Occasionally, adverbial wicked bleeds over the border into New York:
"They were wicked excited. Everyone did a group huddle, and everyone was cheering in the restaurant, and people were looking around, like, what’s going on? It was wicked cool."
Carolyn Nichols, quoted in The Ithacan (Ithaca College, NY), 5 Apr. 2017
Hairwoman tells us they canceled school for a whole week back in the seventies because of the energy crisis. It was wicked cold and would have cost too much to heat the school.
Laurie Halse Anderson, Speak [Set in Syracuse, N.Y.], 1999
So how did wicked, an adjective with a tinge of old-fashioned moralism, find a new identity as an adverbial intensifier in this one part of the country?
One hypothesis suggests that the fact that the city of Salem, Massachusetts, located north of Boston, is famous for its 1692 witch trials and its association with witches, might have something to do with it.
But while there are a handful of examples dating back to the Middle Ages (Yesterday was...a wicked hot day.—Thomas Porter, A Witty Combat, 1663), the explosion of wicked as an adverb is a late 20th-century phenomenon.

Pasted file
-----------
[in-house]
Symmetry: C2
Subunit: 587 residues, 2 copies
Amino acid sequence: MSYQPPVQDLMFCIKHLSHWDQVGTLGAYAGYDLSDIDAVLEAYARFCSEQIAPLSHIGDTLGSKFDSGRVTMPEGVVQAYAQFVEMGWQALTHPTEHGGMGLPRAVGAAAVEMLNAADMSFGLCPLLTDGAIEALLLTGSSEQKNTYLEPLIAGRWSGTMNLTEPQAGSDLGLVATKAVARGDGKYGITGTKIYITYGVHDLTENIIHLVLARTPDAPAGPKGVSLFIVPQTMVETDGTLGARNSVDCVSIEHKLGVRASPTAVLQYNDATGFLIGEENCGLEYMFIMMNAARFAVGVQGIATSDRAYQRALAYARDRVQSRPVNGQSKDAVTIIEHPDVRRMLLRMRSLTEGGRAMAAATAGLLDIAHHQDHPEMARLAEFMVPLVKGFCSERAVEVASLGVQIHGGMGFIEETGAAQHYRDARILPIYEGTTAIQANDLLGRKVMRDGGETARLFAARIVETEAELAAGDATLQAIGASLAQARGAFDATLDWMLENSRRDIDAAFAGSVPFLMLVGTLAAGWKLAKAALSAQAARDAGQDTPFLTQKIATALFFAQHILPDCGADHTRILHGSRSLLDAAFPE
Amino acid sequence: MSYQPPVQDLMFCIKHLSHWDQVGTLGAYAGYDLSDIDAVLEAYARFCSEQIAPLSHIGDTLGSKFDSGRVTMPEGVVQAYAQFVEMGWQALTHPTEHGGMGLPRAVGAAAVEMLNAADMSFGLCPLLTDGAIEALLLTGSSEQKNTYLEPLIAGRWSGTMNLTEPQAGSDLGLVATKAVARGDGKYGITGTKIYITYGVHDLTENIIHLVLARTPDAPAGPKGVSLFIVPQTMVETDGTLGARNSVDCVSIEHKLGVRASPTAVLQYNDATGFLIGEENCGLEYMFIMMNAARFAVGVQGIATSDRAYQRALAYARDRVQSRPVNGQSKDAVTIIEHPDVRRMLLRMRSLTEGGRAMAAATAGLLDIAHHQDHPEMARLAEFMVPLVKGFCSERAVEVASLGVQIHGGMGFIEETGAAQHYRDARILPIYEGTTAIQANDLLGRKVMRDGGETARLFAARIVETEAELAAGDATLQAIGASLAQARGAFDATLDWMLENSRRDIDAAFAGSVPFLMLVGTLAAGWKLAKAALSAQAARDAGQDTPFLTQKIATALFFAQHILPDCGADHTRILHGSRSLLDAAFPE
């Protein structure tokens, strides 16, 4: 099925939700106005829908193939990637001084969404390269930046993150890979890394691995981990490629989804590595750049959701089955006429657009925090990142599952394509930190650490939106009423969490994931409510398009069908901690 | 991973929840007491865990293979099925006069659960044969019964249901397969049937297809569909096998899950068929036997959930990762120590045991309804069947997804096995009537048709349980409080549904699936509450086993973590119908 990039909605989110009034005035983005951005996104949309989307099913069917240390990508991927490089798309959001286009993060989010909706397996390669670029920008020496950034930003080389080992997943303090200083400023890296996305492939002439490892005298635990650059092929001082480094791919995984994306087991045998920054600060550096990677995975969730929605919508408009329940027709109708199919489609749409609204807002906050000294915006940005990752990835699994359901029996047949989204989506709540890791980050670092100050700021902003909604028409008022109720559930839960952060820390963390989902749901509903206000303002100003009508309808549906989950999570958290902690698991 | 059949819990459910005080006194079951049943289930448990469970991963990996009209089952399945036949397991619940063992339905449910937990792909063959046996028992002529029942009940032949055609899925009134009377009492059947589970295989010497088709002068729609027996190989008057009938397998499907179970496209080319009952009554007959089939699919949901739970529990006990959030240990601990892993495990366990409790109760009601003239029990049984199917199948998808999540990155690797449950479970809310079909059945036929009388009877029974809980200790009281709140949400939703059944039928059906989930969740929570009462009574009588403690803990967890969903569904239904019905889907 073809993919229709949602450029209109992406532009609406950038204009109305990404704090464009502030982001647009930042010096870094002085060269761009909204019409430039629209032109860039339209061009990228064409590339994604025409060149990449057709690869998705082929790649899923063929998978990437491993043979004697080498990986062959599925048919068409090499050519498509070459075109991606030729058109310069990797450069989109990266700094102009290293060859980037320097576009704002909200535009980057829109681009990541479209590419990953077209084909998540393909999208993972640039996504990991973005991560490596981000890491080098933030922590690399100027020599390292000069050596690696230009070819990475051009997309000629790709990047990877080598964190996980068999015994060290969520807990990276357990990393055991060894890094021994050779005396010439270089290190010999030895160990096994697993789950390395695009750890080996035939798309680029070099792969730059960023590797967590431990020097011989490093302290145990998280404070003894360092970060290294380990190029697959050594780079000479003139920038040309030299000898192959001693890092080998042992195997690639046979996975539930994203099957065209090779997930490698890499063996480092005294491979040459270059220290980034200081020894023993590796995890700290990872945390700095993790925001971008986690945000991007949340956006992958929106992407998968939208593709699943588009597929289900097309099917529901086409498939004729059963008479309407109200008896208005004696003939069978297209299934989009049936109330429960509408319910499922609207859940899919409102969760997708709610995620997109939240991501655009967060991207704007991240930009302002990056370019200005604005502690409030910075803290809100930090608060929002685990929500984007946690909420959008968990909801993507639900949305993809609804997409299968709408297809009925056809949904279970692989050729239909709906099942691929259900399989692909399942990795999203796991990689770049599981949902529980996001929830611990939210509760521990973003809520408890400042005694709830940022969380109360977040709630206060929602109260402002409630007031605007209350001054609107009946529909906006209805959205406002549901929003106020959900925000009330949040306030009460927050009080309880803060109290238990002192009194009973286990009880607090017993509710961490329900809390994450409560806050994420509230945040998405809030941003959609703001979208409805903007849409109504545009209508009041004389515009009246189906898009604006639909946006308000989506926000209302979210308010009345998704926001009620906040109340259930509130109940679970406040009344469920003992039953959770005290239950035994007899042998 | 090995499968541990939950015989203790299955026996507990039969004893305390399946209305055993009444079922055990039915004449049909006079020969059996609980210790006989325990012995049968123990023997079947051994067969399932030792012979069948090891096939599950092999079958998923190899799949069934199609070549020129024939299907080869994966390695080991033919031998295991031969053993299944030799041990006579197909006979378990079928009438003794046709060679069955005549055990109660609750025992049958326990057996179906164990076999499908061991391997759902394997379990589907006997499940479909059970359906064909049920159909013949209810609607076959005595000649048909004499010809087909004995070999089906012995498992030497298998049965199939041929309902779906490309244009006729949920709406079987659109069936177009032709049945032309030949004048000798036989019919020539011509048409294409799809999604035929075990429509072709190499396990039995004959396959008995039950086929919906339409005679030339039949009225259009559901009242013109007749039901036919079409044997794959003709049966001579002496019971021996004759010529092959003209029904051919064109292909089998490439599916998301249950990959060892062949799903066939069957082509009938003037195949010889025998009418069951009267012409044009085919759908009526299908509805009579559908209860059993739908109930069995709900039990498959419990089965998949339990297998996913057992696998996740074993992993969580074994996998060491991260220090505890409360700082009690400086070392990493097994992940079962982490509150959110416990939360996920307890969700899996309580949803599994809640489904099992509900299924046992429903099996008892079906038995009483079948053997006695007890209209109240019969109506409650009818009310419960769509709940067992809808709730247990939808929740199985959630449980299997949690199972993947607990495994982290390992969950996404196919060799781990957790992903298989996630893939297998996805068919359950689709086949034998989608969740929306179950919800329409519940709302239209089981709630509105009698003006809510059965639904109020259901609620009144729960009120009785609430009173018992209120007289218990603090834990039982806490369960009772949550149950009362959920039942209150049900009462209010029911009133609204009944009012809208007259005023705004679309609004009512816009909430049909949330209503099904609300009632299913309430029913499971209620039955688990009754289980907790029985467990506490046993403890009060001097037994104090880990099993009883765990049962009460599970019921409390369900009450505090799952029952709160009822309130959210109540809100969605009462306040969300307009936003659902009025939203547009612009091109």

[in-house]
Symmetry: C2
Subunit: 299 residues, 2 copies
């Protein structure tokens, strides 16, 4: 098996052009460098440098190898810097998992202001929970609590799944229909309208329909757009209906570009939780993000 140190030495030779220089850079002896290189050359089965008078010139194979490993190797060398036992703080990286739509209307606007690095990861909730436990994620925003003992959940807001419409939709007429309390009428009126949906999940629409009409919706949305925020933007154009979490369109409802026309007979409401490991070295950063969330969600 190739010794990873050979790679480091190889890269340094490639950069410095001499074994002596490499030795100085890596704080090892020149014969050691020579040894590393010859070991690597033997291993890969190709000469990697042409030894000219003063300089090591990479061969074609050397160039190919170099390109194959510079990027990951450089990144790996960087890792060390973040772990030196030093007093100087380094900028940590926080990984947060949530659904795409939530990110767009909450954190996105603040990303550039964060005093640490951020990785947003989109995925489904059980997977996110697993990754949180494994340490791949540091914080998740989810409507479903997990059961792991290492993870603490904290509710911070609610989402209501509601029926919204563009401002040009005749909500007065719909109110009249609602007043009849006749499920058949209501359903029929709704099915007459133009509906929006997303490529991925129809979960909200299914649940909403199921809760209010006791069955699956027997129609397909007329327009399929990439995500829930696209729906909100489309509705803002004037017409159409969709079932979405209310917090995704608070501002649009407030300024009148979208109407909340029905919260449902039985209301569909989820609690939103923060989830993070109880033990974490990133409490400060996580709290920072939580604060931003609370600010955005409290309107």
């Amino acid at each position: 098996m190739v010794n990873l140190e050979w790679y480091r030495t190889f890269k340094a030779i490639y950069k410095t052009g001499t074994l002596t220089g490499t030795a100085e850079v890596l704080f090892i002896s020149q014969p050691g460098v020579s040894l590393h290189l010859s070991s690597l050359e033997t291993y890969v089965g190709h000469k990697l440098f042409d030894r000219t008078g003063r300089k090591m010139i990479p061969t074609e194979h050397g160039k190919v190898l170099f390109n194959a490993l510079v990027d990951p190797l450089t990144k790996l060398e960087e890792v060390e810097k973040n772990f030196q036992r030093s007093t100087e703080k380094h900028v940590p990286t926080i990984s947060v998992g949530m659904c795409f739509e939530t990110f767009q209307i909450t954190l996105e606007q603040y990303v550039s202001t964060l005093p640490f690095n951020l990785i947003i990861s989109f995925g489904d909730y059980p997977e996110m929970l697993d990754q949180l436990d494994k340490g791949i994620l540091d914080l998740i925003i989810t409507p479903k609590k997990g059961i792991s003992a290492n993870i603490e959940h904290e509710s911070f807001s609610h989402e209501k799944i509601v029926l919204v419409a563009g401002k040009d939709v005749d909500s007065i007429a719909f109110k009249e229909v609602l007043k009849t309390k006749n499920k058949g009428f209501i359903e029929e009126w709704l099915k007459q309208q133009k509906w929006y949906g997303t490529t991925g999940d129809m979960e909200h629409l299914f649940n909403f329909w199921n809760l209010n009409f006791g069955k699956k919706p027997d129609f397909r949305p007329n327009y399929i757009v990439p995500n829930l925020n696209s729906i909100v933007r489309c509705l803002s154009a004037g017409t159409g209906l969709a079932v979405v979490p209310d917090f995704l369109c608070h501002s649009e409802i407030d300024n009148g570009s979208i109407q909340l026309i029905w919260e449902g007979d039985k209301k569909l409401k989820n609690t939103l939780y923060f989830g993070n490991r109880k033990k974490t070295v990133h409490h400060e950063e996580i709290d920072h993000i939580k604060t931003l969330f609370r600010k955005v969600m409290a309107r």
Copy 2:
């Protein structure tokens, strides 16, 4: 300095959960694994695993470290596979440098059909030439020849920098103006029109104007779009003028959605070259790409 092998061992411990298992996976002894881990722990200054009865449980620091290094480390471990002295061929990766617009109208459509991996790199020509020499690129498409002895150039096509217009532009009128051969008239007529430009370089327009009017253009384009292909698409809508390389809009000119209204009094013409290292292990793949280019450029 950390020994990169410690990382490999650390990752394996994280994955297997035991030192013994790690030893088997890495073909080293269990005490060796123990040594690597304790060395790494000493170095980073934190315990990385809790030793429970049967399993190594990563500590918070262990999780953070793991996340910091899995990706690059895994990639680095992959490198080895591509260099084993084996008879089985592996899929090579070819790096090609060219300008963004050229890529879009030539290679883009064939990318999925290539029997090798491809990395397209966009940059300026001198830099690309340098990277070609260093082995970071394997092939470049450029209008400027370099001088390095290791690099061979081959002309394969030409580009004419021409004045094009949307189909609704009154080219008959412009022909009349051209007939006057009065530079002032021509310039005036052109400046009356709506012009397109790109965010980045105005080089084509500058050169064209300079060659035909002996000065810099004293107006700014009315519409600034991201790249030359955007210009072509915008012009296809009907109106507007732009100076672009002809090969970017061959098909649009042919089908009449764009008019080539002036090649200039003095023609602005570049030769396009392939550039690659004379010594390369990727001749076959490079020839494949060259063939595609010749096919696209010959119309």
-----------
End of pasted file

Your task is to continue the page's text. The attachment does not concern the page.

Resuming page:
As Ben T. Smith of Dialect Blog notes, the use of wicked as an adverb echoes the similar use of other adjectives, such as awful and terrible (e.g., "a terrible cold frost"), as intensifying adverbs that saw use as late as the 19th century.
A possible interpretation is that adverbial wicked was a literal extension of its adjective sense—something that was wicked fast, for example, might have been to such a degree that seemed the result of a curse or supernatural force.
Some have also drawn parallels between wicked and hella, an intensifier (as in "that ride was hella scary") whose origin has been tied to California's Bay Area. While they are used similarly, comparing them would be like comparing wine to clam chowder—or redwoods to maple trees—and would leave people on both coasts hella annoyed. Or wicked annoyed. Whichever you prefer.